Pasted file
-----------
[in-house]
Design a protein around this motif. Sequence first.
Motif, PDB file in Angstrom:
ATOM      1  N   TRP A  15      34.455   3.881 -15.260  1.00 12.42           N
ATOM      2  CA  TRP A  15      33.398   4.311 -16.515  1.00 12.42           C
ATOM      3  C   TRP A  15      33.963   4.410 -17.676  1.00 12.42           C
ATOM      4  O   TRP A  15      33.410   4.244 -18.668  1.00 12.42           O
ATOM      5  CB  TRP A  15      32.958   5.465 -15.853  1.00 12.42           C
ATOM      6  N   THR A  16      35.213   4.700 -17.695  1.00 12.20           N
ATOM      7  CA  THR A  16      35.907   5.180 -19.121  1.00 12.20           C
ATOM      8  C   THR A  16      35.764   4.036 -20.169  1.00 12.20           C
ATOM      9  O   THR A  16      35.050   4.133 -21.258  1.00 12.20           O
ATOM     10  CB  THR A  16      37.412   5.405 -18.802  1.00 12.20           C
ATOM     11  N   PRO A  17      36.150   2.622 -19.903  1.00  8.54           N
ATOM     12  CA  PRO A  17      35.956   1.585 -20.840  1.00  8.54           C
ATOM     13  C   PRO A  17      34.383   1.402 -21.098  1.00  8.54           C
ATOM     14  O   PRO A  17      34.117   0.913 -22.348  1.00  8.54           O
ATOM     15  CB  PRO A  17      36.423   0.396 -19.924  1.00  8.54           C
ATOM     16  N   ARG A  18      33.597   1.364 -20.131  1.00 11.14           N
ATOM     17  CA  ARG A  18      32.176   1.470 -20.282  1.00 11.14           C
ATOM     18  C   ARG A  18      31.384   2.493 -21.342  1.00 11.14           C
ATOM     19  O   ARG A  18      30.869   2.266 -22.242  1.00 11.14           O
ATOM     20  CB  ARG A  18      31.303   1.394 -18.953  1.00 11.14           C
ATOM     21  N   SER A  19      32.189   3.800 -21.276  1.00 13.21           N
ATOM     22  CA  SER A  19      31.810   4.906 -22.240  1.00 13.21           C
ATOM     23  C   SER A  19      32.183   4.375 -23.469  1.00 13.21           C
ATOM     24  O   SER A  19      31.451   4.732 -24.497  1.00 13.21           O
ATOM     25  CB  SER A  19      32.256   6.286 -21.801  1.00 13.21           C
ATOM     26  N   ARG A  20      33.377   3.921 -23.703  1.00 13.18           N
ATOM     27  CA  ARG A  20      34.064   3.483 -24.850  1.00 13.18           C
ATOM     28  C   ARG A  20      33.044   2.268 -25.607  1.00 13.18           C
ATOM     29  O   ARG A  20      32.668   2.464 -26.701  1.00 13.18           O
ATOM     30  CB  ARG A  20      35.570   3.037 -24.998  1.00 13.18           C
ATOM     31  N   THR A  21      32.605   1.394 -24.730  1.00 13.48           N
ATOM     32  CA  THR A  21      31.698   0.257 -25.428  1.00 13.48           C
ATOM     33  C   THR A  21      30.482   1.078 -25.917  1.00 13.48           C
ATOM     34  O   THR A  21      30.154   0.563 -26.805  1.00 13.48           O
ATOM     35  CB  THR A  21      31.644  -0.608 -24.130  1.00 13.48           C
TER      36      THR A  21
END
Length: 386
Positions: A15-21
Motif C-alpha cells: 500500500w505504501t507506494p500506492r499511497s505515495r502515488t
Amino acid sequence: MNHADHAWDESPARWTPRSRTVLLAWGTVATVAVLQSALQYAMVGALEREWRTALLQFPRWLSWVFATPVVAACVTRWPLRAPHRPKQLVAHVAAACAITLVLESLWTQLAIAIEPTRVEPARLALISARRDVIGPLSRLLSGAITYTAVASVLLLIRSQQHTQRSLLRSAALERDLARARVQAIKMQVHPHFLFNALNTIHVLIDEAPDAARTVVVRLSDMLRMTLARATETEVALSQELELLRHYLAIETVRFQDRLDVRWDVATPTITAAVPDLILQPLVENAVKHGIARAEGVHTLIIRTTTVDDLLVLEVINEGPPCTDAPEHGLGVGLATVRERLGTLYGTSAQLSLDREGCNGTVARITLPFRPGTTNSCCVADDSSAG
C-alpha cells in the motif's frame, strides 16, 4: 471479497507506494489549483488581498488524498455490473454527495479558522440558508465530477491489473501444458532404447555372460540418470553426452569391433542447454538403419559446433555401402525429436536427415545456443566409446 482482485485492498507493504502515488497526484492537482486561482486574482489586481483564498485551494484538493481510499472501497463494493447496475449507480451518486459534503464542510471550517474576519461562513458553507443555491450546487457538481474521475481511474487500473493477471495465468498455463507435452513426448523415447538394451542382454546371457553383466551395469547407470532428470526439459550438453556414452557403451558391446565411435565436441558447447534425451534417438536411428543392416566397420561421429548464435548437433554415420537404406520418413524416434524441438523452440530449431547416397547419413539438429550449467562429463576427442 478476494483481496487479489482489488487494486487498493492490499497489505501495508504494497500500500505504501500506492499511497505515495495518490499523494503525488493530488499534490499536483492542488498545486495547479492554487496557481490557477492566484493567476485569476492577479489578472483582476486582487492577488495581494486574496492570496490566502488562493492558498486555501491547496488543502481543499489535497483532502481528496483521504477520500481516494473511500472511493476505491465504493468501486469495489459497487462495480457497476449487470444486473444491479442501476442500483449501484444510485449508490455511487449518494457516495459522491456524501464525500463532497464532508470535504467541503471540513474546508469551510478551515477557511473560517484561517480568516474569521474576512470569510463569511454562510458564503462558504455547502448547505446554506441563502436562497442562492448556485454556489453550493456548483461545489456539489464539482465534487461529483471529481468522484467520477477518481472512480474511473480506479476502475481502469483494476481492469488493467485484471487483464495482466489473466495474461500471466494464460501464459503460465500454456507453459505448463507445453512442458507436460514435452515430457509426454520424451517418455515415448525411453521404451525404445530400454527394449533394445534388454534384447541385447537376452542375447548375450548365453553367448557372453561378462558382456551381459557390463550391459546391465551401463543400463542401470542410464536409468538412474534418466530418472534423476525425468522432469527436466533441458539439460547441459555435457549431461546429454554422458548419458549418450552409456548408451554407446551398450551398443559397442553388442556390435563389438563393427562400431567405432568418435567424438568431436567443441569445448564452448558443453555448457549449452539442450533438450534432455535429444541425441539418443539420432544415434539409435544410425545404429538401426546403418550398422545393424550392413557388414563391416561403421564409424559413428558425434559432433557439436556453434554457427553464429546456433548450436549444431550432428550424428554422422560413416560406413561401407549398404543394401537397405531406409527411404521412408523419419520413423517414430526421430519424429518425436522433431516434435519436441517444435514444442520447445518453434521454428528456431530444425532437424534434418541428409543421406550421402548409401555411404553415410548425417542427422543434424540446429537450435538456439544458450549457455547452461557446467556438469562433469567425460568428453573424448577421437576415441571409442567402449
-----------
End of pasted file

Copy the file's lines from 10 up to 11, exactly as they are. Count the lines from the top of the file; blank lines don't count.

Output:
ATOM      7  CA  THR A  16      35.907   5.180 -19.121  1.00 12.20           C
ATOM      8  C   THR A  16      35.764   4.036 -20.169  1.00 12.20           C